The Coast Guard’s passport-style license document

 The Coast Guard began issuing a new passport-style license document about five years ago (in 2010). The style is professional in appearance and, for all intents and purposes, useful. I have heard good and bad comments from mariners about it. Here is my take on it.

When a student graduates from medical or law school, he or she receives an attractive diploma. The same is true for graduates of an accredited university or college, or those who complete a course of study at a technical or trade school. A printed diploma does not really serve any purpose other than to display on a wall in a den or office. In fact, most are showcased in this way so that people can see that the person achieved a certain level of expertise. Still, people are proud of their accomplishments and want to show it.

Well, merchant mariners are no different than any other professional. They, too, are proud of their accomplishments and should have a document they can display to demonstrate their expertise. That’s why, in addition to the passport-style credential, the Coast Guard should supply mariners with a license suitable for framing. MERPAC, a Coast Guard advisory committee, has requested it.

I am a professional mariner, proud of it, and would like to show it.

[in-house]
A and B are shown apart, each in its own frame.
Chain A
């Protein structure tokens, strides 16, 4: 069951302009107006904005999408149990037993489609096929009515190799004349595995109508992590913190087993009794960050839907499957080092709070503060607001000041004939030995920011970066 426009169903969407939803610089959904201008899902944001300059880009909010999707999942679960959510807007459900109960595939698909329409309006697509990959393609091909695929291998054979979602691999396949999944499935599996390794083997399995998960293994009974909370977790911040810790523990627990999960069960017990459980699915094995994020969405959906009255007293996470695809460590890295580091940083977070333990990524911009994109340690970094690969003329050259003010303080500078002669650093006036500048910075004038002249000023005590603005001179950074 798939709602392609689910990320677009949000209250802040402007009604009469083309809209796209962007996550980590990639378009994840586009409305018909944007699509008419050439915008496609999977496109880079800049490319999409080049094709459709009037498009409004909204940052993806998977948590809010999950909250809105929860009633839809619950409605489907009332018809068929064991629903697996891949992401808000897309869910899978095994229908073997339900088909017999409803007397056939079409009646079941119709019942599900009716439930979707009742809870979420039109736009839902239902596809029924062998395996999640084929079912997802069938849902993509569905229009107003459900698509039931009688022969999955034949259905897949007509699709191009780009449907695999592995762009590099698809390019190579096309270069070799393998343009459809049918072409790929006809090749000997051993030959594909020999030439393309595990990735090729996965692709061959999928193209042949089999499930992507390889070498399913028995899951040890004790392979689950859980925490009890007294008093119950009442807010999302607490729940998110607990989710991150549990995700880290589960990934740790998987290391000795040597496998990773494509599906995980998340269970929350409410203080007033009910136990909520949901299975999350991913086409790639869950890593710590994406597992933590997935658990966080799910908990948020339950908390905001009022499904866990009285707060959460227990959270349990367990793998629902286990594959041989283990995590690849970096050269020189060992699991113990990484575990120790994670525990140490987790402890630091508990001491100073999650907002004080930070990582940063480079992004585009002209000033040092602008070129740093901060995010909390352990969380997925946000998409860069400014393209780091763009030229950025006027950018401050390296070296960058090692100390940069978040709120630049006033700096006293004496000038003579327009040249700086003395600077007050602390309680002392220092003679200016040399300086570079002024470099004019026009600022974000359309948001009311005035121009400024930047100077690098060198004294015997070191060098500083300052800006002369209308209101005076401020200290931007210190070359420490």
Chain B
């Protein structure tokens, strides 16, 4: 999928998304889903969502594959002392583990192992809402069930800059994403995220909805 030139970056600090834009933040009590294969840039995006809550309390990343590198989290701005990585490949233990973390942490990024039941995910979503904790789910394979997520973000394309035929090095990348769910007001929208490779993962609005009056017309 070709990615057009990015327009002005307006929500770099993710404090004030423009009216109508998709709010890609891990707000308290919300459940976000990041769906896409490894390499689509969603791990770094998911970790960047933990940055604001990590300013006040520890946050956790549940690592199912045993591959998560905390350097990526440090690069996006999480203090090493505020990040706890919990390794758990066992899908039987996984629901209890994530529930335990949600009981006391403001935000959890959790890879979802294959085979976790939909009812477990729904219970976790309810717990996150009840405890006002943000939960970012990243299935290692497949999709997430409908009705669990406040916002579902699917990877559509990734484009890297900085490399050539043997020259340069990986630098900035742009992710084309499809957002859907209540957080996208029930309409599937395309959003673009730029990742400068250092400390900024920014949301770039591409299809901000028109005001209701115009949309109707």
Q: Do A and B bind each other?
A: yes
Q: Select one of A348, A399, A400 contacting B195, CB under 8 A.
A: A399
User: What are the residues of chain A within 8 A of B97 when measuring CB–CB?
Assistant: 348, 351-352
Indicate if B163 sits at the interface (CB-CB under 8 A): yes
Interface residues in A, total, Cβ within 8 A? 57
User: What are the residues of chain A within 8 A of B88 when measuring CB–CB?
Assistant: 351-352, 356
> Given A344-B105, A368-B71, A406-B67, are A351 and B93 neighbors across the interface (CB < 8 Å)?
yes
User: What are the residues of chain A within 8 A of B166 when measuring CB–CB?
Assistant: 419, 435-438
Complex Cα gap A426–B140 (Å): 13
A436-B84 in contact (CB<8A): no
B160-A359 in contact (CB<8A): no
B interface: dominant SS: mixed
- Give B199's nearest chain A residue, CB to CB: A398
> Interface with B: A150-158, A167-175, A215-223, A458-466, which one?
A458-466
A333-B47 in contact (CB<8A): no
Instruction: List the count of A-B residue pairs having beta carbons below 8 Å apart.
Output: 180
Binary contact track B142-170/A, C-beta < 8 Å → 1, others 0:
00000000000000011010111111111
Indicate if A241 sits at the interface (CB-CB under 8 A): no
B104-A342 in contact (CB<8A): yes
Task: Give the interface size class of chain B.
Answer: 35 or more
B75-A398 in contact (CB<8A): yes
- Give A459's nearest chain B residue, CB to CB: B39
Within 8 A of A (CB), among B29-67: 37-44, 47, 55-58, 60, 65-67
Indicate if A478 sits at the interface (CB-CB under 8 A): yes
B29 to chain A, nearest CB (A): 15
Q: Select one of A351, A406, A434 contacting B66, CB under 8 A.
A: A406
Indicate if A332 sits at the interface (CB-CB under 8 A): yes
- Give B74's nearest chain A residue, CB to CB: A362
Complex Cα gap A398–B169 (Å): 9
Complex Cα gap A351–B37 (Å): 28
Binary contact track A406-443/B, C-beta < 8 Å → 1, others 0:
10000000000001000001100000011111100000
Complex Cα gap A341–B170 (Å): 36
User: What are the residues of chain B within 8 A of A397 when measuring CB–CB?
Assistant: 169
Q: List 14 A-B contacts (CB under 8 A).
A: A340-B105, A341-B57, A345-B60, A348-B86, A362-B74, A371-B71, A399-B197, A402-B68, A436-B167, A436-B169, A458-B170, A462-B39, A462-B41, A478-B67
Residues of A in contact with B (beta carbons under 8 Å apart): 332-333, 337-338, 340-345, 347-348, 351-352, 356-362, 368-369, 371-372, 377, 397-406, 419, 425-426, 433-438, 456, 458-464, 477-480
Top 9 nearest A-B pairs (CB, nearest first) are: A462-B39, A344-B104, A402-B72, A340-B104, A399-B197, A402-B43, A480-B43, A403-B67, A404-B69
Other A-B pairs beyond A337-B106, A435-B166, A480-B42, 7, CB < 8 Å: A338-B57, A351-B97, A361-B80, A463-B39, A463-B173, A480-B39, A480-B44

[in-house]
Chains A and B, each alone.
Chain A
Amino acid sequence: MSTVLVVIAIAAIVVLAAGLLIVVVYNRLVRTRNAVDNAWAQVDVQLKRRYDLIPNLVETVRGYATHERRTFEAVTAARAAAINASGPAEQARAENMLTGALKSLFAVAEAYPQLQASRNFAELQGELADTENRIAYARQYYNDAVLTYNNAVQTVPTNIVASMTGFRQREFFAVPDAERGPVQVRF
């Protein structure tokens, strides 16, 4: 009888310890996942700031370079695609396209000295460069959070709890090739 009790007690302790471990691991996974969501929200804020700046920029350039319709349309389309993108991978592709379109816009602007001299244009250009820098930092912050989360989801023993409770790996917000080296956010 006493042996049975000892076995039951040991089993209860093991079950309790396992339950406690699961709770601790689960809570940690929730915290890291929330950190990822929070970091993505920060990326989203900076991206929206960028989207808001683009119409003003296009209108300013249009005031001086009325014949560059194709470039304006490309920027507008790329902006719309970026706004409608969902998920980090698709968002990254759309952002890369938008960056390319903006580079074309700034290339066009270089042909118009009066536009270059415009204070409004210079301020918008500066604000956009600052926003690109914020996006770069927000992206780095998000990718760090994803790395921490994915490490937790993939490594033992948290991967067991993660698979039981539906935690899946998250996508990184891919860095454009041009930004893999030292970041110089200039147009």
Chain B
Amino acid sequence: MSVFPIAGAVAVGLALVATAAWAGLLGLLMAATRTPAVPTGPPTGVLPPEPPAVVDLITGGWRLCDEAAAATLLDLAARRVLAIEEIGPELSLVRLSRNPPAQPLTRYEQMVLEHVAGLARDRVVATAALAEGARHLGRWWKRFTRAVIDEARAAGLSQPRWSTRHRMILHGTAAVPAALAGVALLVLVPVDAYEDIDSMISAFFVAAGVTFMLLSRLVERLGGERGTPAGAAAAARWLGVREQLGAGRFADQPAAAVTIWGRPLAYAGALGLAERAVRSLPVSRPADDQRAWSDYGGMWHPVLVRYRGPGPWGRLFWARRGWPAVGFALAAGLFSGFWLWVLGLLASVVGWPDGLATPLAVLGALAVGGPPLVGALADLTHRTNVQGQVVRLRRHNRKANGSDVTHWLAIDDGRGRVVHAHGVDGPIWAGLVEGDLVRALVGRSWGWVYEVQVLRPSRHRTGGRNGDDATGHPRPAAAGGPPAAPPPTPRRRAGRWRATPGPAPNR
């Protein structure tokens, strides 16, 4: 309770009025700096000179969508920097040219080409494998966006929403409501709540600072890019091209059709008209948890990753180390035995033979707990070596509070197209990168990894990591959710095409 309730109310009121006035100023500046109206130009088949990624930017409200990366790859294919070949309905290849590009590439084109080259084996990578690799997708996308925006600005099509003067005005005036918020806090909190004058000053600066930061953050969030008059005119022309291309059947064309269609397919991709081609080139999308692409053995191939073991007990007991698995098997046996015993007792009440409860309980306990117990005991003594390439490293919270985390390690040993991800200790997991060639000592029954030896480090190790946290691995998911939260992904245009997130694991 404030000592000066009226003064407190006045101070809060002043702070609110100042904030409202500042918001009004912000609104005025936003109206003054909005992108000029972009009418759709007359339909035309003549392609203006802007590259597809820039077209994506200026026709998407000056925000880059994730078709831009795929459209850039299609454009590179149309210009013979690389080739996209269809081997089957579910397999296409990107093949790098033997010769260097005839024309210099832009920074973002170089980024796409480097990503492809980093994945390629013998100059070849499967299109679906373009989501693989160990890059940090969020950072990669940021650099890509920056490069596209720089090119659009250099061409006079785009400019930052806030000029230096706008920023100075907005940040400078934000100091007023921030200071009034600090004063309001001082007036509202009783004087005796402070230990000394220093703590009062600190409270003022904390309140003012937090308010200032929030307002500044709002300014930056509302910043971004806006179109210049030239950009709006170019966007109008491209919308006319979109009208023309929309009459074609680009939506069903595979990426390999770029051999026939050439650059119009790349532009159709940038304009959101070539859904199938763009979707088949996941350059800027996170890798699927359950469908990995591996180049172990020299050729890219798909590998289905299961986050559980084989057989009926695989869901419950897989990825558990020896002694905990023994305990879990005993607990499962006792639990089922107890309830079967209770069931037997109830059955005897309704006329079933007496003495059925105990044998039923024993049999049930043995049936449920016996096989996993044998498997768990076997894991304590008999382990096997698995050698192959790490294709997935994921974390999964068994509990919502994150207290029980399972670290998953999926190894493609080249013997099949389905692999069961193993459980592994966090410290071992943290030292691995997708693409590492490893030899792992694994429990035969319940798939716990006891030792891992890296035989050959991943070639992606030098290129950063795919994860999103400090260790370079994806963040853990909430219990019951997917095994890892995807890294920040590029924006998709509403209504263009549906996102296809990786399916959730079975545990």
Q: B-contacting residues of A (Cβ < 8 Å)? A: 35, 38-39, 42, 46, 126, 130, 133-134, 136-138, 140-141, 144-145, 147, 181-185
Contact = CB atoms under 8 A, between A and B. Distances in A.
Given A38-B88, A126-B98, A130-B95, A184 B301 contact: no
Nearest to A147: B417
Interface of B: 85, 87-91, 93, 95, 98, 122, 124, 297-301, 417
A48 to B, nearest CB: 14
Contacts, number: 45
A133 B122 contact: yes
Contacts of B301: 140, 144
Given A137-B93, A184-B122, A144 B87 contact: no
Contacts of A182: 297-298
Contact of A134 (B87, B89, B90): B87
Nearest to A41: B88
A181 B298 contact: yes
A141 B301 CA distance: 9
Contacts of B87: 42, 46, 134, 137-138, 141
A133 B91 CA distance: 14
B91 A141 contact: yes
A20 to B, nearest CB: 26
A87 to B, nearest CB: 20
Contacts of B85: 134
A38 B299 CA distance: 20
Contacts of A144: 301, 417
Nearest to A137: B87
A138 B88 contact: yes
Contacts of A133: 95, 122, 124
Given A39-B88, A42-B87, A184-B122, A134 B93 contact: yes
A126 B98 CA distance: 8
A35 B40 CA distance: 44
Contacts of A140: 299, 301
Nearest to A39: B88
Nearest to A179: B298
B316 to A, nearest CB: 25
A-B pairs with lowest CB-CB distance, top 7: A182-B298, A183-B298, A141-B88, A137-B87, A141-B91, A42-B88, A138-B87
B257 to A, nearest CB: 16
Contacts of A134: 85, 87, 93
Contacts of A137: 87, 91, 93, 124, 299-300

Sure, I hated packing my old framed license in my brief case. But I was always proud of what that framed piece of paper meant to me professionally. I think a passport-style credential that contains all of your endorsements and all other pertinent information in a single document you can carry around is great. However, I still want a copy of my license to hang on the wall of my office, just like every other professional.

The answer is very simple. The Coast Guard should issue a beautiful license suitable for framing, along with the passport-style document for mariners to carry with them. After all, the mariner shells out assorted fees to get the document. The least our federal government can do is to recognize mariners as professionals and provide us with a document that we can proudly display.

This column/blog originally appeared in the March 2010 issue of WorkBoat.

About the author

Capt. Alan Bernstein

Alan Bernstein, owner of BB Riverboats in Cincinnati, is a licensed master and a former president of the Passenger Vessel Association. He can be reached at 859-292-2449 or

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